Northeast victims working to recover from Ida
(CNN) - President Biden is set to visit hard-hit communities in New York and New Jersey Tuesday after signing major disaster declarations for parts of those states.
New York officials and FEMA’s administrator toured storm damage in heard-hit Queens Monday as communities across the region begin to put their lives and homes back together after the devastation wrought by the remnants of Ida. “If you drive around Queens, it looks like a bomb went off. Everybody’s personal belongings are out on the street. We just need someone to help us out,” said Barbara Amarantinis, a resident of Queens.
“What we saw today was absolutely heartbreaking. The amount of damage and destruction that these families have experienced,” said Deanne Criswell, FEMA administrator.
State and federal officials said help is on the way with President Biden set to visit New York and New Jersey Tuesday after approving federal disaster relief for five New York counties and six in New Jersey to help families and businesses repair and rebuild. “We’re at least $50 million in damages, and we anticipate the numbers to go up, but it did trigger the threshold we are eligible to apply for major declaration assistance,” said New York governor Kathy Hochul.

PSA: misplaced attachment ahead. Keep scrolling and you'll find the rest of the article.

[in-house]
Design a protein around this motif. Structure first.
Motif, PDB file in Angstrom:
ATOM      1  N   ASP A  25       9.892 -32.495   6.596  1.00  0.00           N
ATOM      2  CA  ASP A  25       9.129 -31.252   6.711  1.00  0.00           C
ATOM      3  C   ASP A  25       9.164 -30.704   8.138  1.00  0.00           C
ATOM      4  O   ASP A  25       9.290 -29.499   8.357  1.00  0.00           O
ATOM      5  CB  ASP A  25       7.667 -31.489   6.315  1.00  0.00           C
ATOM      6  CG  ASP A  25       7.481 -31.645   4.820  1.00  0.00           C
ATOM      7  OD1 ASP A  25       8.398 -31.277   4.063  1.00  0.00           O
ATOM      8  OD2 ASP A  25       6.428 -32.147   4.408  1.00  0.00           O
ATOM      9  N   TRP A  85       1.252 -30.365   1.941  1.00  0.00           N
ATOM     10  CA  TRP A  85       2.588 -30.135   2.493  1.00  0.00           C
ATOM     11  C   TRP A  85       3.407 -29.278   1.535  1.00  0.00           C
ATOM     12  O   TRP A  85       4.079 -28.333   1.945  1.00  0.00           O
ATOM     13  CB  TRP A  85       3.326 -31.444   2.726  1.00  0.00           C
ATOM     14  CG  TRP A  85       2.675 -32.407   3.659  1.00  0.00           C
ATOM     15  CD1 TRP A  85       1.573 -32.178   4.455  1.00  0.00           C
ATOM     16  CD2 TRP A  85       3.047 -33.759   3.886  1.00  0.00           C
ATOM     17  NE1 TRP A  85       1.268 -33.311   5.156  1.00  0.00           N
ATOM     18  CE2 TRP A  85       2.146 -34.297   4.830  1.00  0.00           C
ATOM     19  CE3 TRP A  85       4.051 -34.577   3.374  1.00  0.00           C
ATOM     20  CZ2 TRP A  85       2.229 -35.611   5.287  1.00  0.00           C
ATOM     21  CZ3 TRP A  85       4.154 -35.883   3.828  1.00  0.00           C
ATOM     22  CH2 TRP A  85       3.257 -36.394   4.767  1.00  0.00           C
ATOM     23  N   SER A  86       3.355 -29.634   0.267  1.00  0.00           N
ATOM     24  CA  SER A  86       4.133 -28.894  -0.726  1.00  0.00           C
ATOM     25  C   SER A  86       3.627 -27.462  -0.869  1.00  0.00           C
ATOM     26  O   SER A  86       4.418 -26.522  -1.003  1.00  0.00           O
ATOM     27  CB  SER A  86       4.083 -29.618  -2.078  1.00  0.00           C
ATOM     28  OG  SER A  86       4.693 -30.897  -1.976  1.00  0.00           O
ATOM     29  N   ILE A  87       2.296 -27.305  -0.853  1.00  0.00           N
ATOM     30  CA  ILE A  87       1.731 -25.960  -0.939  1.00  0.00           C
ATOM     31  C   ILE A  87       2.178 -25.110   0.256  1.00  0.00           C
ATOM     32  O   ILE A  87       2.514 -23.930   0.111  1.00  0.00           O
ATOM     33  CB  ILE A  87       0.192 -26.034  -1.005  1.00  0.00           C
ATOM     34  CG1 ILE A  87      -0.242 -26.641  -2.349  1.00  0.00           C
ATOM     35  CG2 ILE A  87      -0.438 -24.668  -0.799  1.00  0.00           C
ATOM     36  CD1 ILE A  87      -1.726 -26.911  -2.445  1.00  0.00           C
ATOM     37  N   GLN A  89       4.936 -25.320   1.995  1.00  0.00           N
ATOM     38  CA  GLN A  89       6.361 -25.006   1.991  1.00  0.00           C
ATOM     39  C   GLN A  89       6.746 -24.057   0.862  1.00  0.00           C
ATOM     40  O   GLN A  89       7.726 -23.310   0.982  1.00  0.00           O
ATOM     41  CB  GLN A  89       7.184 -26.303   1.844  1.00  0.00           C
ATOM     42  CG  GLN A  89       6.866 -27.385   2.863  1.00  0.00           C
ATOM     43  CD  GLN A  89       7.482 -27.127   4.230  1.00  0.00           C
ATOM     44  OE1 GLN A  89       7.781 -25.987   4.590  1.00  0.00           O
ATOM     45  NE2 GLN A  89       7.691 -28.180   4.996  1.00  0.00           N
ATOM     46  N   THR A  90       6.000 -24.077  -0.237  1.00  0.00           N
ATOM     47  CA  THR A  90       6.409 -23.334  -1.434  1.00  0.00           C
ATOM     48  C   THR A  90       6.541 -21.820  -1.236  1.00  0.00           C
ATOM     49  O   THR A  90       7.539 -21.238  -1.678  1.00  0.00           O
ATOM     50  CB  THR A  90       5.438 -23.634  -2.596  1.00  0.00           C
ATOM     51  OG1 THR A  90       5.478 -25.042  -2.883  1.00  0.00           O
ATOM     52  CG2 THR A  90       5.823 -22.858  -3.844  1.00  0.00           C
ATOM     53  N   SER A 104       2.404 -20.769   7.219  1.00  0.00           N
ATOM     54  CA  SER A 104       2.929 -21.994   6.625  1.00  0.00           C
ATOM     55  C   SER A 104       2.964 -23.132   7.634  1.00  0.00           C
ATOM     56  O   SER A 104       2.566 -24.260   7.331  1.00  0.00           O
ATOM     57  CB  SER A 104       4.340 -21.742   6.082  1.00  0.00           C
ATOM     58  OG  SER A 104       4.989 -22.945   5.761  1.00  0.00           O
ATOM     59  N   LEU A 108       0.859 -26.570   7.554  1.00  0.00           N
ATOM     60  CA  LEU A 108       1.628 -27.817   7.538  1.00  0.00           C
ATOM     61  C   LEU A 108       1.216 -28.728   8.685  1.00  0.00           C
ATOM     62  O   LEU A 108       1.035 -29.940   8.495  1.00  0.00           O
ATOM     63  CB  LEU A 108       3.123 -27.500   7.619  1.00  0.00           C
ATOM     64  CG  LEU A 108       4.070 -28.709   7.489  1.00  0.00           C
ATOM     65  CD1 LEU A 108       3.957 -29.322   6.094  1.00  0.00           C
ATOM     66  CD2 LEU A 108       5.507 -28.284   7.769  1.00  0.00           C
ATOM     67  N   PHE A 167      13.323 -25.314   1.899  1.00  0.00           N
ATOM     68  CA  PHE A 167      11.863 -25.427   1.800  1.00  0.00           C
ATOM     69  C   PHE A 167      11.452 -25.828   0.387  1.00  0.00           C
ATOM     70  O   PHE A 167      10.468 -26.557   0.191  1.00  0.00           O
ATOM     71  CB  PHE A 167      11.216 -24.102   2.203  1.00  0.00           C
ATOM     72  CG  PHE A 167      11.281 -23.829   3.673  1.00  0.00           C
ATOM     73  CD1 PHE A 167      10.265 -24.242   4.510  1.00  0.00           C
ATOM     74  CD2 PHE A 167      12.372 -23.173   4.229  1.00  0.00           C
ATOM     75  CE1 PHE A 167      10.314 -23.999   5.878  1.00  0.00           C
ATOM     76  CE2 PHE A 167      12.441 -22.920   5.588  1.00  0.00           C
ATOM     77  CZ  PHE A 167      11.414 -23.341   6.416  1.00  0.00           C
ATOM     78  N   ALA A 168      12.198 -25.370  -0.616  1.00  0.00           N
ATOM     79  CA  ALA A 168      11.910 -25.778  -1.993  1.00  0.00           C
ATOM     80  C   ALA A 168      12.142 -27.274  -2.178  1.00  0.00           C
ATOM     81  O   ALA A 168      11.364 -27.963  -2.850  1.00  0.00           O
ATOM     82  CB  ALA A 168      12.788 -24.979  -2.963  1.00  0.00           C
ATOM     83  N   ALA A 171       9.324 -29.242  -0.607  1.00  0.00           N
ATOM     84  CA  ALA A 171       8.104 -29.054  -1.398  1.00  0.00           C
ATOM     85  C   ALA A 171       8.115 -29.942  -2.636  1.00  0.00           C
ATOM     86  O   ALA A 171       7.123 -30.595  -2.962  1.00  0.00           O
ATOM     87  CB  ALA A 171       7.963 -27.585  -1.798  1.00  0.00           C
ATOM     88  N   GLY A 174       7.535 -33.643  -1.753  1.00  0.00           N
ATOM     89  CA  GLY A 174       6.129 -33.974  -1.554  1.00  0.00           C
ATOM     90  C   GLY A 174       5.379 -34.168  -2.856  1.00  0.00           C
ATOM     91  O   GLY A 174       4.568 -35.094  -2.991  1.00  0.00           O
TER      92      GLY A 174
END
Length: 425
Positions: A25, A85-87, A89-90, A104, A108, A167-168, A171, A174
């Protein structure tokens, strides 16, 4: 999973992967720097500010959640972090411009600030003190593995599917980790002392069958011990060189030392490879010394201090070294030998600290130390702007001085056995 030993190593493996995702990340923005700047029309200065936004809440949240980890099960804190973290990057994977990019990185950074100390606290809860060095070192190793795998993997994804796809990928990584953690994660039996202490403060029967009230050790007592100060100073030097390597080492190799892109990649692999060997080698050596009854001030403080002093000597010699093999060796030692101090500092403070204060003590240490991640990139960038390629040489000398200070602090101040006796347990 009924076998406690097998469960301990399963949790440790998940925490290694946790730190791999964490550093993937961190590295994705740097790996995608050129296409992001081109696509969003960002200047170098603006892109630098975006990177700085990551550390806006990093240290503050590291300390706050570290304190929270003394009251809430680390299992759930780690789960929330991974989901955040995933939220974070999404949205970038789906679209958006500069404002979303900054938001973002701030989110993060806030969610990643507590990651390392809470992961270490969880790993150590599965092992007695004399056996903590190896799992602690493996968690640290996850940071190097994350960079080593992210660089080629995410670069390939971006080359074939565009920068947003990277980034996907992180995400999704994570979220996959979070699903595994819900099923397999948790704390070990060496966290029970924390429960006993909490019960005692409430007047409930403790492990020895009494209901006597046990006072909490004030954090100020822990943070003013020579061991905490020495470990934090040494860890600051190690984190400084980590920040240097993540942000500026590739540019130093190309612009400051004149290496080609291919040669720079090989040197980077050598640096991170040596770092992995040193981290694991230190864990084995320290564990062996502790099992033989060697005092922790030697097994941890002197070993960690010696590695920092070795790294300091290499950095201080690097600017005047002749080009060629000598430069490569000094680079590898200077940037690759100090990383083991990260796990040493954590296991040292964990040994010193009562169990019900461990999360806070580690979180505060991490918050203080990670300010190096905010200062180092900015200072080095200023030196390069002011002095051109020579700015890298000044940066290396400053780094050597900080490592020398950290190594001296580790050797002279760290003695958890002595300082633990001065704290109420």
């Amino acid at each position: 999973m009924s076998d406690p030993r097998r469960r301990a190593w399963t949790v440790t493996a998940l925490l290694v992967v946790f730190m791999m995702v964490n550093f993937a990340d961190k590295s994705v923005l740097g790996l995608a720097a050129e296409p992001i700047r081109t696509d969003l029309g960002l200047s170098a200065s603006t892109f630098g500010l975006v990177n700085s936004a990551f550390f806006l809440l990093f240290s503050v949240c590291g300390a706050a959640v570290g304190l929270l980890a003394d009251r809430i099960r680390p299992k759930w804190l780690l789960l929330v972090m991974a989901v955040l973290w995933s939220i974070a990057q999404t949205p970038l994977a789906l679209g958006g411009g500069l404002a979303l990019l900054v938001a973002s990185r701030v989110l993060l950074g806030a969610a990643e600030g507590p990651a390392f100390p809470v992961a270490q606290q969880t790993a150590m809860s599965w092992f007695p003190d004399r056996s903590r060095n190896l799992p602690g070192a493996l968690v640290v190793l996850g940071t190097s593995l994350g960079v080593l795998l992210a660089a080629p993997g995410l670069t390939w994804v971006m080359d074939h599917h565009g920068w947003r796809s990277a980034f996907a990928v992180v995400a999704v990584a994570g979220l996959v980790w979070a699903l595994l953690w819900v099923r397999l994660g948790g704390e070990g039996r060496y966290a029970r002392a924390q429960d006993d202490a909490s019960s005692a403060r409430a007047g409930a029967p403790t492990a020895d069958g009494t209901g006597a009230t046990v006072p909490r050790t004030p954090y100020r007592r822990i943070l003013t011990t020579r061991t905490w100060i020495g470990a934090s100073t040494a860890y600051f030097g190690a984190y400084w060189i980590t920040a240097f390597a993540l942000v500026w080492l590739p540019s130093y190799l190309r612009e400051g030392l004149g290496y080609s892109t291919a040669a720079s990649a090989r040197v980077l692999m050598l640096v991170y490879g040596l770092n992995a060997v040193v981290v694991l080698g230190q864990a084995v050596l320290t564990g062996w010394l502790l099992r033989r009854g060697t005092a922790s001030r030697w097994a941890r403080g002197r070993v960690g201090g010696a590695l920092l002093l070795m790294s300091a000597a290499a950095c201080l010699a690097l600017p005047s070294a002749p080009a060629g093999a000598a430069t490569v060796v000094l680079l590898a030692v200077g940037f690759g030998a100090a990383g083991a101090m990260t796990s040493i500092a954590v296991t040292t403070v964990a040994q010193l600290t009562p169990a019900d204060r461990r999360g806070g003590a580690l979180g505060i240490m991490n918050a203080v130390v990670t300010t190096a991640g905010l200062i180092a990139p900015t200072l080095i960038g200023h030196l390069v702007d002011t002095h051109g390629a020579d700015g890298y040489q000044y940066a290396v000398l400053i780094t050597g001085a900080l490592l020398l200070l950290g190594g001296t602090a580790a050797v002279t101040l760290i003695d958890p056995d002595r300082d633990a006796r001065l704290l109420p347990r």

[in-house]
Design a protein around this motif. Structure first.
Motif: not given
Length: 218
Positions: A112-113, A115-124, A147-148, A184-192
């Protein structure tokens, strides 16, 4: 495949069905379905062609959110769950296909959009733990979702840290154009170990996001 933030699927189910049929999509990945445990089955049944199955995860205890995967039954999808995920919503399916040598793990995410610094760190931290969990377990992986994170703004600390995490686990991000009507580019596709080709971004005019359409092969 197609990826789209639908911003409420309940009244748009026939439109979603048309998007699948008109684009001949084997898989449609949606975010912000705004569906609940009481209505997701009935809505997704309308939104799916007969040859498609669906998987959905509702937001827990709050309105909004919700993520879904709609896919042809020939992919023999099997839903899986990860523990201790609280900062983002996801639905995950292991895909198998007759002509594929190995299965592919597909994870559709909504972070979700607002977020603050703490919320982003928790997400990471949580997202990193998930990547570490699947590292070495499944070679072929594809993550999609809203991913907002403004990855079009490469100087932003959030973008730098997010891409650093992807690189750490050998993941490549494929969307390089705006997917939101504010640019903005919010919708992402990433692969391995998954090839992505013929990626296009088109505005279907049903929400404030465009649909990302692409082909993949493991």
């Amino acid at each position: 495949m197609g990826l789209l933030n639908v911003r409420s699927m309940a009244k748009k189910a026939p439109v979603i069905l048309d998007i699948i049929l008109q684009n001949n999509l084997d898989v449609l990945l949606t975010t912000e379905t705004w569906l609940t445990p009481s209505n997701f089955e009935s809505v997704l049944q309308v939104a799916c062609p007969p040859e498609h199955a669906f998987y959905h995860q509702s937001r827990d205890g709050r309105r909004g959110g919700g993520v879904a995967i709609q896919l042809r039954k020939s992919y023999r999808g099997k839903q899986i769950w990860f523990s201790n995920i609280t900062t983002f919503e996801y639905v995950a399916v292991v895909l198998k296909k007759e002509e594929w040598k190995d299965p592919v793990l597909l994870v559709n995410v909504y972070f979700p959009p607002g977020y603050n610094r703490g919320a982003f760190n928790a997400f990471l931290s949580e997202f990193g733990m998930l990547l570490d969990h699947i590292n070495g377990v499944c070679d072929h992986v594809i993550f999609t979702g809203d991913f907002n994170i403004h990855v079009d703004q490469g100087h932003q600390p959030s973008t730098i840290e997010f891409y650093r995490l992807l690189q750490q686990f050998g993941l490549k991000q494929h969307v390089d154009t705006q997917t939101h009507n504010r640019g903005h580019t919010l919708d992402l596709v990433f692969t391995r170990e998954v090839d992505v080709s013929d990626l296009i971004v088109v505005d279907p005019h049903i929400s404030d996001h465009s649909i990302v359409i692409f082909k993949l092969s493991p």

The true extent of the storm’s impact is still begin realized as Ida claimed the lives of at least 50 people across the region with heartbreaking stories of loss. New York police shared video of their attempt to rescue a Queens couple and their 2-year-old. All three were later found dead in their flooded basement apartment. Two other Queens residents died when a wall in their home collapsed in the flooding.
At least four died in Pennsylvania and at least 27 people lost their lives in New Jersey where New Jersey governor Phil Murphy toured flood damage telling reporters he plans to ask the president to provide federal disaster relief to more counties. “There are 15 other counties in New Jersey and we’re in there fighting on behalf of any of those counties that were impacted,” said New Jersey governor Phil Murphy.
State and local officials are now focused on how to be better prepared for the next storm by improving infrastructure and putting better warning systems in place to alert people of the danger. “We have seawalls that need to be raised. We have sewers that were built 100 years ago. We really need help from the federal government to get back on our feet and to be ready for the future, because we can’t abandon communities like Mamaroneck, New York,” said Tom Murphy, mayor of Mamaroneck, New York.
During his visit, President Biden is expected to speak about the economic impacts of extreme weather and the need for investments in climate change and infrastructure.
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